According to findings released today by recruiter Morgan McKinley, many employers have already kicked off their 2016 hiring.
“Despite a rude awakening to the start of the year from financial markets, we’ve actually had a record number of interviews requested in the first week of January, indicating an uptick could be ahead,” said Hakan Enver, operations director at Morgan McKinley Financial Services. “There’s enough evidence to suggest, going into the new year, that we could expect that trend to continue upward for both jobs open and professionals seeking new positions.”
Meanwhile, figures from salary comparison website Emolument, which were also released today, revealed the best firms for high salaries for consultants, with Boston Consulting Group claiming first place.
Consultants at Boston Consulting Group have a median salary and bonus of £63,000, while senior consultants at the firm could expect to take home £97,000.
Emolument also revealed that graduates seeking a career in financial services could expect a median salary of £45,000 if they headed into the M&A departments of banks, but £35,000 if they went into management and strategy consultancy.
“Graduates often make a choice between banking and consulting without knowing the financial implications of their decisions,” said Alice Leguay, co-founder of Emolument. “Both seen as prestigious next-steps to their university degree, they imply vastly different working environments, and rewards.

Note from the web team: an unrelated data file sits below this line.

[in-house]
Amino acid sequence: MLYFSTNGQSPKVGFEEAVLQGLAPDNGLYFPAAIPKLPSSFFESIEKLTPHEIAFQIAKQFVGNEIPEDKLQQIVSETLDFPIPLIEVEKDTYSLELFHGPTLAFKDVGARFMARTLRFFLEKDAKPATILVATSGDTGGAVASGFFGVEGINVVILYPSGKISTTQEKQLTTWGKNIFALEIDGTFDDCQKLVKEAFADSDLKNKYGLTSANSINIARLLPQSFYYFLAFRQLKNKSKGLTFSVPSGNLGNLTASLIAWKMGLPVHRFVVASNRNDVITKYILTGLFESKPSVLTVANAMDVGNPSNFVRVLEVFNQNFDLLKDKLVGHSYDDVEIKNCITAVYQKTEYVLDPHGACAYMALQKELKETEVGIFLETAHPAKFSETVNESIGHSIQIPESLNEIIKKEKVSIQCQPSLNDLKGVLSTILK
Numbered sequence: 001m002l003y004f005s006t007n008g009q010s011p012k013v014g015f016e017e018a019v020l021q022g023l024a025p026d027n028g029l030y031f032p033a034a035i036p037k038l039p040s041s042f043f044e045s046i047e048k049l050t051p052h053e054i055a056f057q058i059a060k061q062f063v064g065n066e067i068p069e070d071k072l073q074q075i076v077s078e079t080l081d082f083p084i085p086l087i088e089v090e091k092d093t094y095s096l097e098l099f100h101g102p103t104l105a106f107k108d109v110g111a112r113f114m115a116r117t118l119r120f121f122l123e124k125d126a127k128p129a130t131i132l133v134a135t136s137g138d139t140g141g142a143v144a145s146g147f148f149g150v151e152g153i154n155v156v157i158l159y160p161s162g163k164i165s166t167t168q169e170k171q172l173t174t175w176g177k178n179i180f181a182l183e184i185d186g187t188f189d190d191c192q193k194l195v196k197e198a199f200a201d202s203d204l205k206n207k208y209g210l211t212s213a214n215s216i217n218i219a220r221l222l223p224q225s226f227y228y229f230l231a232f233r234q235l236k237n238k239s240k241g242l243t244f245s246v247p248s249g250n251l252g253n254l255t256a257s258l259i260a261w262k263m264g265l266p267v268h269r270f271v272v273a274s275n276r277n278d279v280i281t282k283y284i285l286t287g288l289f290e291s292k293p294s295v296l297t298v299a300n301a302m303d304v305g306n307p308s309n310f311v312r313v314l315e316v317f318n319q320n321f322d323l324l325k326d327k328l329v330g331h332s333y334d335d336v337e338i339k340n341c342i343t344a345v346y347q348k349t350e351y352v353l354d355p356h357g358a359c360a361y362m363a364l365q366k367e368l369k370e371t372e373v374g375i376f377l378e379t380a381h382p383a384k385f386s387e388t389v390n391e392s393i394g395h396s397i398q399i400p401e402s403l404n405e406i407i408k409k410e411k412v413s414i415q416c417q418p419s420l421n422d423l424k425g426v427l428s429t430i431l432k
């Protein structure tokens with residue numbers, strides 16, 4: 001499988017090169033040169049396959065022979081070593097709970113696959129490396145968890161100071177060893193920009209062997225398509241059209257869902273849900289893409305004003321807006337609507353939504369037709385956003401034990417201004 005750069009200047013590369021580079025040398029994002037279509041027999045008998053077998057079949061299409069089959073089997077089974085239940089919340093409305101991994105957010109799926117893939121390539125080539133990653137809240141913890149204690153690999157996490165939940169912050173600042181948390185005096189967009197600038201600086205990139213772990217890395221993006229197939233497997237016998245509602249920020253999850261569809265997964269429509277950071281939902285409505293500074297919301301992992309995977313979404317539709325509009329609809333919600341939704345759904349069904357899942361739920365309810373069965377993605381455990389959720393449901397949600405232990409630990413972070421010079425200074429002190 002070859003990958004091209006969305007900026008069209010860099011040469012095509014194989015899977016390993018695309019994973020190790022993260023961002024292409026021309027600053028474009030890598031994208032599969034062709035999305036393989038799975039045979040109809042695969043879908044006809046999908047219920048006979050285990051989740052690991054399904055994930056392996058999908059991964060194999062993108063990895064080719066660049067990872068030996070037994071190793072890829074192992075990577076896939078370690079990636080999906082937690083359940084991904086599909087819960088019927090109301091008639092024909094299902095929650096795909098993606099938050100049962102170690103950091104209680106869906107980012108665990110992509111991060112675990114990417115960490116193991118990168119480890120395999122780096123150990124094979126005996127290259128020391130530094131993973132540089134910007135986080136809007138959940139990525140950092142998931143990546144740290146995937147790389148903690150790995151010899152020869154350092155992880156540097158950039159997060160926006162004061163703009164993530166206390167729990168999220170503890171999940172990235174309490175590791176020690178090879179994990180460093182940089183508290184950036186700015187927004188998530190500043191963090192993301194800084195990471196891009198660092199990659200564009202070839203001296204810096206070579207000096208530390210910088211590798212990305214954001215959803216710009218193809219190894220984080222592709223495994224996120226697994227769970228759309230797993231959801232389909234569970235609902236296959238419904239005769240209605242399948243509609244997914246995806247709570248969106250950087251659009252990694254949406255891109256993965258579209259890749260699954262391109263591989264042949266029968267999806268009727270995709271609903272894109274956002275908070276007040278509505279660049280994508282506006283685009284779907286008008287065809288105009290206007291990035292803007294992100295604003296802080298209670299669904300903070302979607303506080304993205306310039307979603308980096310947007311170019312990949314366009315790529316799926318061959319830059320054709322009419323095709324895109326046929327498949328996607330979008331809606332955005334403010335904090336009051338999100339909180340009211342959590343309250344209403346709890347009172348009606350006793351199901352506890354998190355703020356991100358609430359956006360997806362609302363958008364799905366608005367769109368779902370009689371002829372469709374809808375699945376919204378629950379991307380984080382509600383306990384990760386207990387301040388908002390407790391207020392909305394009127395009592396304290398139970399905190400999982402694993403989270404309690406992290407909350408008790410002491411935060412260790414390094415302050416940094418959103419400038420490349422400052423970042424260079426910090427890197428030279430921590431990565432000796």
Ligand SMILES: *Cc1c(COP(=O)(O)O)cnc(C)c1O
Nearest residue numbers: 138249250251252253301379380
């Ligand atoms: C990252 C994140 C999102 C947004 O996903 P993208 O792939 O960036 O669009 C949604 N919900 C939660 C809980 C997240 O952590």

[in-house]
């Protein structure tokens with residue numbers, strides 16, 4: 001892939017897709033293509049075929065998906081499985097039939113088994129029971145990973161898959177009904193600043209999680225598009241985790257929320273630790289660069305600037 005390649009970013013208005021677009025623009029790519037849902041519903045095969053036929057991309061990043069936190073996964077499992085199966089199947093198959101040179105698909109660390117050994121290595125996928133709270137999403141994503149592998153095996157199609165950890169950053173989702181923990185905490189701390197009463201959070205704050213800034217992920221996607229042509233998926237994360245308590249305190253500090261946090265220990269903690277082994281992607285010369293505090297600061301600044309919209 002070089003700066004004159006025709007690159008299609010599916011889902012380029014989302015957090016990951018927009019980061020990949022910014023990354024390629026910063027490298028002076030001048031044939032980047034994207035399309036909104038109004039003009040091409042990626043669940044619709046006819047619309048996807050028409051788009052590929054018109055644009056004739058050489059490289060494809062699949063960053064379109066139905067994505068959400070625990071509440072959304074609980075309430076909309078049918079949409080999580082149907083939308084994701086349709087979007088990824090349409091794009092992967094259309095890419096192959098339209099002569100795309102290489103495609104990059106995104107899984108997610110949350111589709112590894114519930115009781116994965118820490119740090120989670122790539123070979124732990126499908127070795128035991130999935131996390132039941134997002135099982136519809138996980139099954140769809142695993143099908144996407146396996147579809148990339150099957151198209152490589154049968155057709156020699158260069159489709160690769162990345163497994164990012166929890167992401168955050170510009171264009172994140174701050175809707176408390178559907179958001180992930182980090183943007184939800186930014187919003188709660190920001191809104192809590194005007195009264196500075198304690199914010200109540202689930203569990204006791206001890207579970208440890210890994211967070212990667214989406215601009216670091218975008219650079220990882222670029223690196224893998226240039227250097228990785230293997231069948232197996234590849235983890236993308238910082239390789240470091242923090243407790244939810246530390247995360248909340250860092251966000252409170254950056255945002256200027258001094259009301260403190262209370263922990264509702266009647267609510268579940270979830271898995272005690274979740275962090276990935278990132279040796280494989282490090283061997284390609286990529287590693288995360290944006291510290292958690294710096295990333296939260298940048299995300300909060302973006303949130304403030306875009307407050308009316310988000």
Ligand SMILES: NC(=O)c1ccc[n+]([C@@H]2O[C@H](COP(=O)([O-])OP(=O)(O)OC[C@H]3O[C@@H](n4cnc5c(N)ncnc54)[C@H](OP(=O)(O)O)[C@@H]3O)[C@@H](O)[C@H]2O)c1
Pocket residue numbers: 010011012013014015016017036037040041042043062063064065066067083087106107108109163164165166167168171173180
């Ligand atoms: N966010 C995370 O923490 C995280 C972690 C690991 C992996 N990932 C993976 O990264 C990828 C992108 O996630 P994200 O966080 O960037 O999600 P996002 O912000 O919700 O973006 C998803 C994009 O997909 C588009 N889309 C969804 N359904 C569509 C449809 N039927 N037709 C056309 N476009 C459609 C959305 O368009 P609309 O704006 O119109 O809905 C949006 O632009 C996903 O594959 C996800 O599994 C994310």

“With more and more graduates looking to work for startups or start their own business, management and strategy as well as IT consulting may well become more appealing than banking, giving graduates a more hands-on approach to running a business.”
Read more: Financial sector jobs boom spreads across UK
However, according to Morgan McKinley, December was not such a promising month for financial services recruitment, with available jobs down by 33 per cent month-on-month and jobseekers, who traditionally put jobhunting to one side when bonus season is looming, down month-on-month by 32 per cent.
“Over the course of 2015, we saw a tale of two halves,” said Enver. “In the first half, there was a general positive growth in sentiment and an overall appetite to hire.
“Things took a turn during the summer period, particularly when heading into September, where we didn’t see the anticipated increase in volumes. In fact, numbers decreased even further.”
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